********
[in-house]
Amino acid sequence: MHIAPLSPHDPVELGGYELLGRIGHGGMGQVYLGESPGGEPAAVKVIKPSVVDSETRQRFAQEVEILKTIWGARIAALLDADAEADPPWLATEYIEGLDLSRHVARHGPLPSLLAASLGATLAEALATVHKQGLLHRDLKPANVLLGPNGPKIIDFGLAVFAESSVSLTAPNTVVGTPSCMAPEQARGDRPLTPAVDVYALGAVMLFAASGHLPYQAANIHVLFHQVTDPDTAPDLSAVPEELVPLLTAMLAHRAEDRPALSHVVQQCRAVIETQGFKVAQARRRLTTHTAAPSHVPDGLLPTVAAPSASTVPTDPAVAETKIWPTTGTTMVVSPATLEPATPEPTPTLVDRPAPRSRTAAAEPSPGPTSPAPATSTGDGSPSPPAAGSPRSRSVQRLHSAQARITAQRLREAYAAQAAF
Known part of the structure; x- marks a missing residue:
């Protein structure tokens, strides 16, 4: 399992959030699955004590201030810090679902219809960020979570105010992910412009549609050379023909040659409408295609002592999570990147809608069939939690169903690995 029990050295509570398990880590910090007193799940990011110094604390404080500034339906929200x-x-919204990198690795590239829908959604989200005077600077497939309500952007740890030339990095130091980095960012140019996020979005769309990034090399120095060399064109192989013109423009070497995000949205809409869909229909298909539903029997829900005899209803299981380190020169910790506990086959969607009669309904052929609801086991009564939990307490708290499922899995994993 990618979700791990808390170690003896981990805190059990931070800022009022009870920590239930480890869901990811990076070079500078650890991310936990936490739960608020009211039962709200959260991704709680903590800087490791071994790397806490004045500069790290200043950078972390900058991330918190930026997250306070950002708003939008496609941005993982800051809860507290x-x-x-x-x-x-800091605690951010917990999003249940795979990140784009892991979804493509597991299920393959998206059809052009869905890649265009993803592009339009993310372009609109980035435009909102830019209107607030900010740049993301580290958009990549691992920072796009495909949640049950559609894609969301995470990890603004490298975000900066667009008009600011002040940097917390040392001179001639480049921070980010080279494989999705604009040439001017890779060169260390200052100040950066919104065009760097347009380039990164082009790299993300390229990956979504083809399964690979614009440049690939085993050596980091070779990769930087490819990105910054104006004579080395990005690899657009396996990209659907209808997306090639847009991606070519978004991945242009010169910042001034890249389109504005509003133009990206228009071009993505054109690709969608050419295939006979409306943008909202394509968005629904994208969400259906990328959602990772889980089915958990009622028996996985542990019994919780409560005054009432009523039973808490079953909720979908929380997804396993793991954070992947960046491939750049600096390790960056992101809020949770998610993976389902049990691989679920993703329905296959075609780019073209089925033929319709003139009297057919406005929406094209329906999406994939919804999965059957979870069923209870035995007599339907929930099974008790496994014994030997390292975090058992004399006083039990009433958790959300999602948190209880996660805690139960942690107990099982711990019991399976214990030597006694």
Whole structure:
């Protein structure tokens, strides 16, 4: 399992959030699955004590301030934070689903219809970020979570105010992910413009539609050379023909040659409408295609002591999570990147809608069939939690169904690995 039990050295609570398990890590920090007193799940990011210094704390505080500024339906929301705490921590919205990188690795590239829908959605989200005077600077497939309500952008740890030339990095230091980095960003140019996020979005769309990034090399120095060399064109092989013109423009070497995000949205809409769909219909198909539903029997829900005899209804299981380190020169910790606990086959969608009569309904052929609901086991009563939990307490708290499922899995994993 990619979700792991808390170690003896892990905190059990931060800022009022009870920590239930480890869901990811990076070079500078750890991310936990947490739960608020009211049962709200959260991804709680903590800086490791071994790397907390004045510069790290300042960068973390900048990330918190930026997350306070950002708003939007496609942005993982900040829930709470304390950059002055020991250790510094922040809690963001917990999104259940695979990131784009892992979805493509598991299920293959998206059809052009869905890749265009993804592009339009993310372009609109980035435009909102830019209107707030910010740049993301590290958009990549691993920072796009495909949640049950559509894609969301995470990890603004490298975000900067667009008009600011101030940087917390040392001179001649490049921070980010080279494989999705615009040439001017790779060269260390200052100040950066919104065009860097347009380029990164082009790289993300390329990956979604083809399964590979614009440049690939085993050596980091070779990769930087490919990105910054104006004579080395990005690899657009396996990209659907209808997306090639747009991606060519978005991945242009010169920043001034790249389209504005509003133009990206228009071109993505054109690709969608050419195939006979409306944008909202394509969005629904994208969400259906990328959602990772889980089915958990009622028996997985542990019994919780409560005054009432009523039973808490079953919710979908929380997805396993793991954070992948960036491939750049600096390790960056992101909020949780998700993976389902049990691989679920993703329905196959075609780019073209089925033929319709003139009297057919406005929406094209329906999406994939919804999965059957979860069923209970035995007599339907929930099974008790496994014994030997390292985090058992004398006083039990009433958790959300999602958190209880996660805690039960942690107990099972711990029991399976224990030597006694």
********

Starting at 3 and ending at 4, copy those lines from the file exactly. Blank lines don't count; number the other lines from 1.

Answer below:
Known part of the structure; x- marks a missing residue:
């Protein structure tokens, strides 16, 4: 399992959030699955004590201030810090679902219809960020979570105010992910412009549609050379023909040659409408295609002592999570990147809608069939939690169903690995 029990050295509570398990880590910090007193799940990011110094604390404080500034339906929200x-x-919204990198690795590239829908959604989200005077600077497939309500952007740890030339990095130091980095960012140019996020979005769309990034090399120095060399064109192989013109423009070497995000949205809409869909229909298909539903029997829900005899209803299981380190020169910790506990086959969607009669309904052929609801086991009564939990307490708290499922899995994993 990618979700791990808390170690003896981990805190059990931070800022009022009870920590239930480890869901990811990076070079500078650890991310936990936490739960608020009211039962709200959260991704709680903590800087490791071994790397806490004045500069790290200043950078972390900058991330918190930026997250306070950002708003939008496609941005993982800051809860507290x-x-x-x-x-x-800091605690951010917990999003249940795979990140784009892991979804493509597991299920393959998206059809052009869905890649265009993803592009339009993310372009609109980035435009909102830019209107607030900010740049993301580290958009990549691992920072796009495909949640049950559609894609969301995470990890603004490298975000900066667009008009600011002040940097917390040392001179001639480049921070980010080279494989999705604009040439001017890779060169260390200052100040950066919104065009760097347009380039990164082009790299993300390229990956979504083809399964690979614009440049690939085993050596980091070779990769930087490819990105910054104006004579080395990005690899657009396996990209659907209808997306090639847009991606070519978004991945242009010169910042001034890249389109504005509003133009990206228009071009993505054109690709969608050419295939006979409306943008909202394509968005629904994208969400259906990328959602990772889980089915958990009622028996996985542990019994919780409560005054009432009523039973808490079953909720979908929380997804396993793991954070992947960046491939750049600096390790960056992101809020949770998610993976389902049990691989679920993703329905296959075609780019073209089925033929319709003139009297057919406005929406094209329906999406994939919804999965059957979870069923209870035995007599339907929930099974008790496994014994030997390292975090058992004399006083039990009433958790959300999602948190209880996660805690139960942690107990099982711990019991399976214990030597006694």